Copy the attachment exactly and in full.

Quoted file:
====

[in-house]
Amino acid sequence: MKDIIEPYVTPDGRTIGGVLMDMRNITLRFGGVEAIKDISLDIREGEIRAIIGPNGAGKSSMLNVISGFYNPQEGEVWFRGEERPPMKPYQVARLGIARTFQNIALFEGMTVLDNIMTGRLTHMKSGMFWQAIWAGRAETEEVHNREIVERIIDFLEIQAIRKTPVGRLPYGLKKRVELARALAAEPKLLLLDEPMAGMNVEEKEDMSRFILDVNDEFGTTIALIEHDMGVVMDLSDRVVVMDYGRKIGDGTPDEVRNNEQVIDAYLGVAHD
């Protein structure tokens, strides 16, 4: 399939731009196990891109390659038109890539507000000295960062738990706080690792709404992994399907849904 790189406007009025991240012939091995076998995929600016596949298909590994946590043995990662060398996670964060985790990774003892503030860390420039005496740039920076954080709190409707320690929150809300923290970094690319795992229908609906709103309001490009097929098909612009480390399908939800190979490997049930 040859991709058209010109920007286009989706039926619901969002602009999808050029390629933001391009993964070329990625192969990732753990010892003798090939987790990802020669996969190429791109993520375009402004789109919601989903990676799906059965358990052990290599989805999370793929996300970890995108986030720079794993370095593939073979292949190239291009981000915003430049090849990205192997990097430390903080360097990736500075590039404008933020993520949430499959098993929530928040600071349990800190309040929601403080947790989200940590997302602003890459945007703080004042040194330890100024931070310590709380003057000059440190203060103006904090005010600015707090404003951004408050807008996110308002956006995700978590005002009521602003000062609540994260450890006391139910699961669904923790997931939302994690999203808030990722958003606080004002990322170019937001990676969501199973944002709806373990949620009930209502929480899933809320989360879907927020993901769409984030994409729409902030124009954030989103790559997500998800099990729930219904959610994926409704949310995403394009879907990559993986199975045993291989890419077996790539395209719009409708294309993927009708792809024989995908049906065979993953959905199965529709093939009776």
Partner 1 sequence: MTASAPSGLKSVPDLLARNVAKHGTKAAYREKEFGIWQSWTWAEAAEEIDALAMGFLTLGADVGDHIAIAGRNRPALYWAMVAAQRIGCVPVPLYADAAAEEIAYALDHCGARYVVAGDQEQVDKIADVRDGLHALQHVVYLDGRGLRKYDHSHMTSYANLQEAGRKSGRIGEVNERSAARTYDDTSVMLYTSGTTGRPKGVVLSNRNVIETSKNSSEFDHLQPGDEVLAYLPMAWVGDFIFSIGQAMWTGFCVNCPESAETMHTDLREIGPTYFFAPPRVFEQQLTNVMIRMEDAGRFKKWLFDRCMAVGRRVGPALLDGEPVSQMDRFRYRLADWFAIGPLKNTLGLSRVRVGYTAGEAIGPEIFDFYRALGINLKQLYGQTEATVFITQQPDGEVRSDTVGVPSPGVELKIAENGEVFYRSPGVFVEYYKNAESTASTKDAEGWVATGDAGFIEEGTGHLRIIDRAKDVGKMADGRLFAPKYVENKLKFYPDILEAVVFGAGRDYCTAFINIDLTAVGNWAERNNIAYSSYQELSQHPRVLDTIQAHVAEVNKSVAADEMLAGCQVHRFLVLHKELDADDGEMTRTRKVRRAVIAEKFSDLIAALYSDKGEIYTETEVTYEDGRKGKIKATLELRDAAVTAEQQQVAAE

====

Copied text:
[in-house]
Amino acid sequence: MKDIIEPYVTPDGRTIGGVLMDMRNITLRFGGVEAIKDISLDIREGEIRAIIGPNGAGKSSMLNVISGFYNPQEGEVWFRGEERPPMKPYQVARLGIARTFQNIALFEGMTVLDNIMTGRLTHMKSGMFWQAIWAGRAETEEVHNREIVERIIDFLEIQAIRKTPVGRLPYGLKKRVELARALAAEPKLLLLDEPMAGMNVEEKEDMSRFILDVNDEFGTTIALIEHDMGVVMDLSDRVVVMDYGRKIGDGTPDEVRNNEQVIDAYLGVAHD
């Protein structure tokens, strides 16, 4: 399939731009196990891109390659038109890539507000000295960062738990706080690792709404992994399907849904 790189406007009025991240012939091995076998995929600016596949298909590994946590043995990662060398996670964060985790990774003892503030860390420039005496740039920076954080709190409707320690929150809300923290970094690319795992229908609906709103309001490009097929098909612009480390399908939800190979490997049930 040859991709058209010109920007286009989706039926619901969002602009999808050029390629933001391009993964070329990625192969990732753990010892003798090939987790990802020669996969190429791109993520375009402004789109919601989903990676799906059965358990052990290599989805999370793929996300970890995108986030720079794993370095593939073979292949190239291009981000915003430049090849990205192997990097430390903080360097990736500075590039404008933020993520949430499959098993929530928040600071349990800190309040929601403080947790989200940590997302602003890459945007703080004042040194330890100024931070310590709380003057000059440190203060103006904090005010600015707090404003951004408050807008996110308002956006995700978590005002009521602003000062609540994260450890006391139910699961669904923790997931939302994690999203808030990722958003606080004002990322170019937001990676969501199973944002709806373990949620009930209502929480899933809320989360879907927020993901769409984030994409729409902030124009954030989103790559997500998800099990729930219904959610994926409704949310995403394009879907990559993986199975045993291989890419077996790539395209719009409708294309993927009708792809024989995908049906065979993953959905199965529709093939009776």
Partner 1 sequence: MTASAPSGLKSVPDLLARNVAKHGTKAAYREKEFGIWQSWTWAEAAEEIDALAMGFLTLGADVGDHIAIAGRNRPALYWAMVAAQRIGCVPVPLYADAAAEEIAYALDHCGARYVVAGDQEQVDKIADVRDGLHALQHVVYLDGRGLRKYDHSHMTSYANLQEAGRKSGRIGEVNERSAARTYDDTSVMLYTSGTTGRPKGVVLSNRNVIETSKNSSEFDHLQPGDEVLAYLPMAWVGDFIFSIGQAMWTGFCVNCPESAETMHTDLREIGPTYFFAPPRVFEQQLTNVMIRMEDAGRFKKWLFDRCMAVGRRVGPALLDGEPVSQMDRFRYRLADWFAIGPLKNTLGLSRVRVGYTAGEAIGPEIFDFYRALGINLKQLYGQTEATVFITQQPDGEVRSDTVGVPSPGVELKIAENGEVFYRSPGVFVEYYKNAESTASTKDAEGWVATGDAGFIEEGTGHLRIIDRAKDVGKMADGRLFAPKYVENKLKFYPDILEAVVFGAGRDYCTAFINIDLTAVGNWAERNNIAYSSYQELSQHPRVLDTIQAHVAEVNKSVAADEMLAGCQVHRFLVLHKELDADDGEMTRTRKVRRAVIAEKFSDLIAALYSDKGEIYTETEVTYEDGRKGKIKATLELRDAAVTAEQQQVAAE